Then the king's men gather every virgin in the kingdom so he can take his pick, and he tries one out each night. The chosen new queen is Esther, an orphan and an exiled Judean - but the pedigree of her cousin and guardian Mordechai is from the house of Kish, father of King Saul. That is, Mordechai and Esther are royalty banished to a far kingdom. Eventually, the plottings of an evil minister threaten her tribe rather than her gender. She risks her life, employs fasts and feasts rather than stories, and overcomes his intent. Her cousin is appointed chief minister and goes out "from the presence of the king in royal apparel of sky-blue and white, and a great golden crown, and a wrap of fine linen and purple" (Esther 8:15). Then the Jews feast, give gifts to the poor, and recall the date in future years both by feasting and by telling the tale.

        It's not precisely the same story as Scheherazade's, but close enough that it's clear the authors were dipping into the same barrel. The scroll may be a bit closer to farce, what with Haman strolling into the king's bedroom to ask to execute Mordechai just when Ahashuerus is looking for a way to reward the Jew. The Jewish author, perhaps, was having fun with the pieces of plot Persian tradition provided him, stories he enjoyed but wasn't quite obligated to in the way a Persian would have been. After all, educated as he apparently was in the empire's literature, he was still a Jew who lived in that empire by force of circumstance and exile.

    AT THE SAME TIME, THE author uses, or misuses, Scripture just as deftly. The midrash in Breishit Rabbah picked up on that "127 provinces" in the opening line as an oblique reference to Sarah, described in Genesis 23:1 as living 127 years. The allusion reminds us that Sarah was also delivered by her male protector, Abraham, to a gentile king - and the Scroll thereby becomes a ribald suggestion that she did not pass the nights in Pharaoh's palace untouched. Victorious Mordechai is not the descendant of David, as a Jewish redeemer should be, but of the failed Saul. He defeats Haman, of the house of Agag - the Amalekite king Saul failed to kill, despite a divine command. When Vashti is deposed, it is "so that her royal estate may be given to her neighbor who is better than she" - a translation into feminine gender of the decree in I Samuel 15:28 that Saul's "royal estate ... is given to thy neighbor, who is better than thee." Esther gets back what her granddad lost for misbehaving. You can read this as commentary, but it's commentary that undermines Abraham and Sarah's sanctity, undercuts the Davidic dynasty, and subverts male power. In a thoroughly modern way, the story quotes tradition to contradict it.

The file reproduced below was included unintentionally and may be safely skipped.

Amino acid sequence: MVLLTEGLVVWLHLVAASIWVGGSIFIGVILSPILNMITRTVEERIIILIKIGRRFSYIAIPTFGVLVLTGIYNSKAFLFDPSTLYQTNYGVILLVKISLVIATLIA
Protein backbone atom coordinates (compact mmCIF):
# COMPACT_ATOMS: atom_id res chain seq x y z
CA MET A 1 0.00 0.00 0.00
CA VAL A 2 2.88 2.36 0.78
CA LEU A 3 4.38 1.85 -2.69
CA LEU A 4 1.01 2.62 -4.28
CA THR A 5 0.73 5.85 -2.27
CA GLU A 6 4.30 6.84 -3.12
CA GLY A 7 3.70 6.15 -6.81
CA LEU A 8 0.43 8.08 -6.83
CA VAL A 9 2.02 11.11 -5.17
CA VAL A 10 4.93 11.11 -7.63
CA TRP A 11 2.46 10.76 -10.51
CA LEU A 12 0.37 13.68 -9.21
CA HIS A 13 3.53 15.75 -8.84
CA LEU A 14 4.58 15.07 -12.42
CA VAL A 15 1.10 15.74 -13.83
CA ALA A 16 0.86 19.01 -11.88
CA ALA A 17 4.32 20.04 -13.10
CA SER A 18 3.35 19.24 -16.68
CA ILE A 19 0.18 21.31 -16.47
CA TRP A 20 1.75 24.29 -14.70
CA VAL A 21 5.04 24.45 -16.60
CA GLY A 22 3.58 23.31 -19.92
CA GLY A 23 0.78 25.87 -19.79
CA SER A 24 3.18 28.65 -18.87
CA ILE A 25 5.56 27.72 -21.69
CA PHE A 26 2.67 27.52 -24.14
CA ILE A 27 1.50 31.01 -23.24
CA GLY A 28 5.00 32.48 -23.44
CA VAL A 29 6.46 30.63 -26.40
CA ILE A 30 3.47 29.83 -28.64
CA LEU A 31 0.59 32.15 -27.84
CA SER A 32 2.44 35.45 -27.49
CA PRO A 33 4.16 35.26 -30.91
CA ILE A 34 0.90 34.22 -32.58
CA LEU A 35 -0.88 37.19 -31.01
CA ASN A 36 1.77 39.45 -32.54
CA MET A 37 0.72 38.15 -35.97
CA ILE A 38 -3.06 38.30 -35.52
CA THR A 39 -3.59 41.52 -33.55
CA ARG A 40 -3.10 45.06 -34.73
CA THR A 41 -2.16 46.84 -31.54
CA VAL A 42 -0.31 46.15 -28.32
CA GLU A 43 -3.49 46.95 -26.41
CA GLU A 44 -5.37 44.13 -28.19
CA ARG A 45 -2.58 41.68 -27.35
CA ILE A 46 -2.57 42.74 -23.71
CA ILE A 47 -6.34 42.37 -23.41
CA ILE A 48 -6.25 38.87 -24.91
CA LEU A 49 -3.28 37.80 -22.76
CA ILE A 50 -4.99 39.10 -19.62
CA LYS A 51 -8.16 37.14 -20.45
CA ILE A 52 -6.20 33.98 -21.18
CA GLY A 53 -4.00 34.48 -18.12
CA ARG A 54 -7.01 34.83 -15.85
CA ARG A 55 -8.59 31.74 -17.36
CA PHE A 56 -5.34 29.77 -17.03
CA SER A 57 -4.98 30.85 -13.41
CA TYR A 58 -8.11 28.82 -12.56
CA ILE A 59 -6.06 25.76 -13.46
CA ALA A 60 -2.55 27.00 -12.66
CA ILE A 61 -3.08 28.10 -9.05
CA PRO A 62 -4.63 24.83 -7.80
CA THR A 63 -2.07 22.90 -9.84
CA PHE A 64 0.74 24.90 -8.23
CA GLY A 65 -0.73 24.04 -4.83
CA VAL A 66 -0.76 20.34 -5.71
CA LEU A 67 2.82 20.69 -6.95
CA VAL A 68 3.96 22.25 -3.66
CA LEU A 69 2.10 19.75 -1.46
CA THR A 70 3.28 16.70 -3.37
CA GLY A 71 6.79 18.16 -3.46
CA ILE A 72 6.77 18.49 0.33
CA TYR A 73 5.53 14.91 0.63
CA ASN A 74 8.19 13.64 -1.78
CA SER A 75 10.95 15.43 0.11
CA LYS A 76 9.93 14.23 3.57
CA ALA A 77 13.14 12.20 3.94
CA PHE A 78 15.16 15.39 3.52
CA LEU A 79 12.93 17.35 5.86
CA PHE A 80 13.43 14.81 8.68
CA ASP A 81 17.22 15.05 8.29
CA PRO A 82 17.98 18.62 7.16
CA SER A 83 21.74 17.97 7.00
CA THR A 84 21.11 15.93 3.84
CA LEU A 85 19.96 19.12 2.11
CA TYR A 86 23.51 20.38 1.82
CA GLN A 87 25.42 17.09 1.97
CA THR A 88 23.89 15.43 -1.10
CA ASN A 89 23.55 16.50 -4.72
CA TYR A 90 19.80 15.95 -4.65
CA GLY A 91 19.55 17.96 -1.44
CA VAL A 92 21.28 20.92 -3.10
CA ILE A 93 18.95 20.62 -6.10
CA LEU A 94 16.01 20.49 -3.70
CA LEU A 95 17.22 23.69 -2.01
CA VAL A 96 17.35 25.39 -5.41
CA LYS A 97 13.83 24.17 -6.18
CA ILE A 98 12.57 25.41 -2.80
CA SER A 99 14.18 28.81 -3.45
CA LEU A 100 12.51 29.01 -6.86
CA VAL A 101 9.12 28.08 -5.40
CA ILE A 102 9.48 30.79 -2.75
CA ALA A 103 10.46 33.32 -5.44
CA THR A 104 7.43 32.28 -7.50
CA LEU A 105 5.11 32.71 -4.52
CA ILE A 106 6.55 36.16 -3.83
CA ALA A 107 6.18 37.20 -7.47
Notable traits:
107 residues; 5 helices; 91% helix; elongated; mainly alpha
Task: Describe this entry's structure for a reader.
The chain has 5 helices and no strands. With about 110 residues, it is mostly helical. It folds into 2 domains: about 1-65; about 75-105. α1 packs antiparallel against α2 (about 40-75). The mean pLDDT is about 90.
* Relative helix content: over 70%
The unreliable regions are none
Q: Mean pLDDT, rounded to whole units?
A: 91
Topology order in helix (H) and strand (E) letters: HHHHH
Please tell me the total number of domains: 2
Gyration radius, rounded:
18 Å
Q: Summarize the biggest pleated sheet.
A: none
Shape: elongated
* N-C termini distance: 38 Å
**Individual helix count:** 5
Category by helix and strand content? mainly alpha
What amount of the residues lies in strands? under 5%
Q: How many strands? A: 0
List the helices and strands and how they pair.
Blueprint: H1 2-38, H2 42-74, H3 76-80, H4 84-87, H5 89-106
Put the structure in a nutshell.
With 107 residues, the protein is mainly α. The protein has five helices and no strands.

The effort that later sages made to explain the Scroll only underlines that it is really secular literature. In midrashic literature, the rabbis search it for any possible allusion to God - because there is none. The Talmud in Tractate Megillah asserts that Vashti took Jewish women as servants and "stripped them naked and used them for work on the Sabbath." Without that picture, we might notice that Vashti's modesty cost her the crown, a detail that doesn't fit well into sermons. Haman wore the image of a pagan god dangling from his clothes - or so various rabbinic texts assert in an effort to make religious sense of Mordechai's macho refusal to follow the perfectly normal custom of the time of bowing to a high official. In Tractate Sanhedrin, the Talmud describes Esther as karka olam, as passive as a field being plowed, to absolve her of her quite obvious voluntary sex with a gentile king. Mordechai's voluntary going along with the act is even more outrageous, and even harder to explain away.

        In fact, Mordechai has less in common with Biblical heroes, flawed but aspiring to righteousness, than with the hero of Mordecai Richler's "Solomon Gursky Was Here": Mordechai is boisterous, not bound by the sexual rules, too proud Jewishly to give a bow to Haman, always looking for the main chance as he signs his cousin up for the beauty contest and rats on would-be assassins. In Richler's story, Solomon Gursky is as willing to bribe the authorities to save Jews from Europe as he is to bribe officials to ignore his bootlegging, and in the Scroll, Mordechai knows when it's time to cash in on Esther's position to save the Jews. Richler, spiritual descendant of the Scroll's author, clogs his novel with snippets of tradition while flaunting his mastery of multiple viewpoints, unreliable narration and slightly magic realism, as if to demonstrate that he can do post-modernism in English better than anyone whose great-great-grandfather grew up speaking the language. From Mordechai to Mordecai, there is no story like Mordechai's. Then again, the Scroll's author, like Scheherazade's anonymous creator, is more feminist than Richler is.

        So should we excise the Scroll from Scripture and its holiday from the calendar? For heaven's sake, no. Judaism is all about sanctifying the secular realm, not escaping it. The religion is robust enough to canonize a secular story and dress it up as holy writ, just as its Judean-accented characters dress up as Persian courtiers. Purim announces that the work of all those Jewish novelists who scribbled or pounded away at Smith-Coronas in upstairs rooms deserve to have their works on the tables of the sacred study halls. If that isn't a reason to pour another drink this Purim, what is?